This volume focuses on the abuse of statistical inference in scientific and statistical literature, as well as in a variety of other sources, presenting examples of misused statistics to show that many scientists and statisticians are unaware of, or unwilling to challenge the chaotic state of statistical practices.;The book: provides examples of ubiquitous statistical tests taken from the biomedical and behavioural sciences, economics and the statistical literature; discusses conflicting views of randomization, emphasizing certain aspects of induction and epistemology; reveals fallacious practices in statistical causal inference, stressing the misuse of regression models and time-series analysis as instant formulas to draw causal relationships; treats constructive uses of statistics, such as a modern version of Fisher's puzzle, Bayesian analysis, Shewhart control chart, descriptive statistics, chi-square test, nonlinear modeling, spectral estimation and Markov processes in quality control.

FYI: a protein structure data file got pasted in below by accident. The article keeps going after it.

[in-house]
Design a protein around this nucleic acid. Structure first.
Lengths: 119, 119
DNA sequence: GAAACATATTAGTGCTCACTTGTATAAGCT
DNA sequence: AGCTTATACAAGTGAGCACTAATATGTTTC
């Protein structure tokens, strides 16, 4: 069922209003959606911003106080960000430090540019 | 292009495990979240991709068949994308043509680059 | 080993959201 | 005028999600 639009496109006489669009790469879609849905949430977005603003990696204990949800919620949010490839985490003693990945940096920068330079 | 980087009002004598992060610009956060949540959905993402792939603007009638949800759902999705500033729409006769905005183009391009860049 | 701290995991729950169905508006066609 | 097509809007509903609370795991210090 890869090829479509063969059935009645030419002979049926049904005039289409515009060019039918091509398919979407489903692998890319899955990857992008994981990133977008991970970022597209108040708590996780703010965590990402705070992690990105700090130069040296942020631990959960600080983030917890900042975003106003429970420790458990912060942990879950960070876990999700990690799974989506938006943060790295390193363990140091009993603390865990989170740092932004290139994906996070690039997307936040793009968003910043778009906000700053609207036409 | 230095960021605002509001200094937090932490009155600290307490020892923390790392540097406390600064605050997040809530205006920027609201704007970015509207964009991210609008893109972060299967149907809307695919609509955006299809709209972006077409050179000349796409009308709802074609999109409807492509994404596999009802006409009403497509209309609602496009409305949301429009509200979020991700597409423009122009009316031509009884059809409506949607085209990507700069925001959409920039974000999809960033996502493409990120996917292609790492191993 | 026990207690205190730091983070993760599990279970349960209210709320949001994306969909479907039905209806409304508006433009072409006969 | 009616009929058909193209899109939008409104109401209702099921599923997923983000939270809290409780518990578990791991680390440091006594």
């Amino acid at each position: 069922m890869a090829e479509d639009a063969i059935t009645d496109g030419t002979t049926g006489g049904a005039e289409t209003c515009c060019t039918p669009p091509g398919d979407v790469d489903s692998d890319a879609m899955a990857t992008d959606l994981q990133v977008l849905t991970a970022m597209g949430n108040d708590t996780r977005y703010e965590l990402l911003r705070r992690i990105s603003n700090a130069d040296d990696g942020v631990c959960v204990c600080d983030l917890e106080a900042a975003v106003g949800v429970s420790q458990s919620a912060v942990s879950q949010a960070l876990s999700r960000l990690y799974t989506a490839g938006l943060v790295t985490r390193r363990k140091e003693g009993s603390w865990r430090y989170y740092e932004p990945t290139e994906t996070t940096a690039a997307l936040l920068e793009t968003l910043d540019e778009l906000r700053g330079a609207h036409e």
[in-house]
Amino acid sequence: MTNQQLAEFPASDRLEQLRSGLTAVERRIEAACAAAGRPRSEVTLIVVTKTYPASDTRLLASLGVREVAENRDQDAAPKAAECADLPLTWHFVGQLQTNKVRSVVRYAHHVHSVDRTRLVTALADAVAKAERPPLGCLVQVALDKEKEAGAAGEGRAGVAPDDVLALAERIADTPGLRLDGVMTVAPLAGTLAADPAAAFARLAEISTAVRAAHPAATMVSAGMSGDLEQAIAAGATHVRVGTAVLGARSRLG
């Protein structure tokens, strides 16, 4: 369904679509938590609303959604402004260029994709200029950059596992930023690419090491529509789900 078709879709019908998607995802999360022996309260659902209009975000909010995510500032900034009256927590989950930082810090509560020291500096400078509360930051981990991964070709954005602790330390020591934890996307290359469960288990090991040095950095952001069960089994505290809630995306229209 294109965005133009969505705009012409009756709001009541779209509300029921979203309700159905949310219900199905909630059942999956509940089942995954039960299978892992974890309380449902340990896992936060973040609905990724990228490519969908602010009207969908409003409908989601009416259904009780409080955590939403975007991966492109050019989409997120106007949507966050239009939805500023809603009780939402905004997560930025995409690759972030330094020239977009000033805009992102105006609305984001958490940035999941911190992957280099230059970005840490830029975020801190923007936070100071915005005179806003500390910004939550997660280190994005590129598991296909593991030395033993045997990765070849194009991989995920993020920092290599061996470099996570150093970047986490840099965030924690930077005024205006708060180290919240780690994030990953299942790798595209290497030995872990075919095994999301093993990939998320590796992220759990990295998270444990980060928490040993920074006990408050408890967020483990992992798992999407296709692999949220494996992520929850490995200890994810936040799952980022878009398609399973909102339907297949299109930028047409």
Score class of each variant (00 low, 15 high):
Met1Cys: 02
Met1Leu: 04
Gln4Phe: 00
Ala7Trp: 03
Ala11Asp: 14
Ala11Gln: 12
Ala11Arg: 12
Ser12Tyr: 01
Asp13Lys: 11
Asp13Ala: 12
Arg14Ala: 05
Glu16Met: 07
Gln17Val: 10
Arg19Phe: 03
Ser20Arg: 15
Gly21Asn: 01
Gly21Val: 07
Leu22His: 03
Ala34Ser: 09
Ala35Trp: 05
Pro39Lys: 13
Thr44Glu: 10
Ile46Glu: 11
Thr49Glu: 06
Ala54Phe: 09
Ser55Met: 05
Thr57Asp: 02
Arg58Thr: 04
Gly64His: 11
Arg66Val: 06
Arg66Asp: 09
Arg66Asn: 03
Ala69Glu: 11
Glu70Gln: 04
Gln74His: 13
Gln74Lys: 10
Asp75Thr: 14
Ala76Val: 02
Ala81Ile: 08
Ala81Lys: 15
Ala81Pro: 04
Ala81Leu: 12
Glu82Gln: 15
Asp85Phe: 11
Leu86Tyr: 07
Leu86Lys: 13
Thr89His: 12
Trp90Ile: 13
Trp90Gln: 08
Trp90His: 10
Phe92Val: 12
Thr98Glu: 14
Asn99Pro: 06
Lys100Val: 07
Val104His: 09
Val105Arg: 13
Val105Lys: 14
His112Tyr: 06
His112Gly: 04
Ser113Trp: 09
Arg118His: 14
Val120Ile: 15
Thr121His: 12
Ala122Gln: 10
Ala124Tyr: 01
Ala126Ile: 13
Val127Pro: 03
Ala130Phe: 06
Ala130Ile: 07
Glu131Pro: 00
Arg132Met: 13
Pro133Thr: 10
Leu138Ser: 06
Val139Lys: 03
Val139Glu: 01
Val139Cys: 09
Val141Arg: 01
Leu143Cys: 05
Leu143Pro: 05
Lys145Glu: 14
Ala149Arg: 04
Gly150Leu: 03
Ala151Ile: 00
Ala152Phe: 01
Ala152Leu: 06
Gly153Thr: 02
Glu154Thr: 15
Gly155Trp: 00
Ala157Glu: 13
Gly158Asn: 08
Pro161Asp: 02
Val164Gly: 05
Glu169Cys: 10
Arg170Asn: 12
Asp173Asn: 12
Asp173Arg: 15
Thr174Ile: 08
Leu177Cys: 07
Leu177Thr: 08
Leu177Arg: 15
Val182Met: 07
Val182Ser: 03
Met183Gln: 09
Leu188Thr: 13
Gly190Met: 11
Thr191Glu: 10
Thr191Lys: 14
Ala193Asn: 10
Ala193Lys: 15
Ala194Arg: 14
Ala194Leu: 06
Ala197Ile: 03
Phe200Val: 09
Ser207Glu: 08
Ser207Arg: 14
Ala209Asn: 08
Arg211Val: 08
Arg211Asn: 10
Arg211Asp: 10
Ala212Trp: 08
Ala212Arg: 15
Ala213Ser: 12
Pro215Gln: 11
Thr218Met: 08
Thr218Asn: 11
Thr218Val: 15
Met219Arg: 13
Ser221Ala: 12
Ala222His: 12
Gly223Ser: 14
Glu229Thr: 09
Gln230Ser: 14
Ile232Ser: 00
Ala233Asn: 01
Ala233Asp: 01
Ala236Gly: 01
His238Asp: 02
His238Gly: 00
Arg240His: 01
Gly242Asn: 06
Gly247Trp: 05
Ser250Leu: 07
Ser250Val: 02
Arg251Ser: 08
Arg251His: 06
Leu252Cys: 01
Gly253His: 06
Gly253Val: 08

chapter Chapter 1|25 pages

Fads and Fallacies in Hypothesis Testing

chapter Chapter 2|14 pages

Quasi-Inferential Statistics

chapter Chapter 3|32 pages

Statistical Causality and Law-Like Relationships

chapter Chapter 4|27 pages

Amoeba Regression and Time-Series Models

chapter |4 pages


chapter Chapter 6|48 pages

On Objectivity, Subjectivity, and Probability

chapter Chapter 7|20 pages

A Delicate Balance Between Order and Chaos

chapter Chapter 8|28 pages

The Riddle of the Ubiquitous Statistics